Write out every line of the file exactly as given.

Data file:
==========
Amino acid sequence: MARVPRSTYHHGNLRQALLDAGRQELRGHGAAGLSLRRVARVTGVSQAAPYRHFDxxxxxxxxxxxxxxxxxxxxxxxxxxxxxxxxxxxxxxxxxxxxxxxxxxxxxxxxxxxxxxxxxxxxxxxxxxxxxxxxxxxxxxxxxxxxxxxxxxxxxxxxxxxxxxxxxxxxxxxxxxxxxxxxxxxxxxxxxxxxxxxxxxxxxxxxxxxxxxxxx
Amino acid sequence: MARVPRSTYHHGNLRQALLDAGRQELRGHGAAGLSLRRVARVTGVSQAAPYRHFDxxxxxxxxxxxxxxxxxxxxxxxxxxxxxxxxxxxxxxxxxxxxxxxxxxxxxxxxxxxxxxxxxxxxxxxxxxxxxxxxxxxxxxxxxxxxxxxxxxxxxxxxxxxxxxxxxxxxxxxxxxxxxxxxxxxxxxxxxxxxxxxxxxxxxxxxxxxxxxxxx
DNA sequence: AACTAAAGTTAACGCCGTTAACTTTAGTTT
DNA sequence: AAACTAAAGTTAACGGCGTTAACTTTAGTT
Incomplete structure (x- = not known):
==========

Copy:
Amino acid sequence: MARVPRSTYHHGNLRQALLDAGRQELRGHGAAGLSLRRVARVTGVSQAAPYRHFDxxxxxxxxxxxxxxxxxxxxxxxxxxxxxxxxxxxxxxxxxxxxxxxxxxxxxxxxxxxxxxxxxxxxxxxxxxxxxxxxxxxxxxxxxxxxxxxxxxxxxxxxxxxxxxxxxxxxxxxxxxxxxxxxxxxxxxxxxxxxxxxxxxxxxxxxxxxxxxxxx
Amino acid sequence: MARVPRSTYHHGNLRQALLDAGRQELRGHGAAGLSLRRVARVTGVSQAAPYRHFDxxxxxxxxxxxxxxxxxxxxxxxxxxxxxxxxxxxxxxxxxxxxxxxxxxxxxxxxxxxxxxxxxxxxxxxxxxxxxxxxxxxxxxxxxxxxxxxxxxxxxxxxxxxxxxxxxxxxxxxxxxxxxxxxxxxxxxxxxxxxxxxxxxxxxxxxxxxxxxxxx
DNA sequence: AACTAAAGTTAACGCCGTTAACTTTAGTTT
DNA sequence: AAACTAAAGTTAACGGCGTTAACTTTAGTT
Incomplete structure (x- = not known):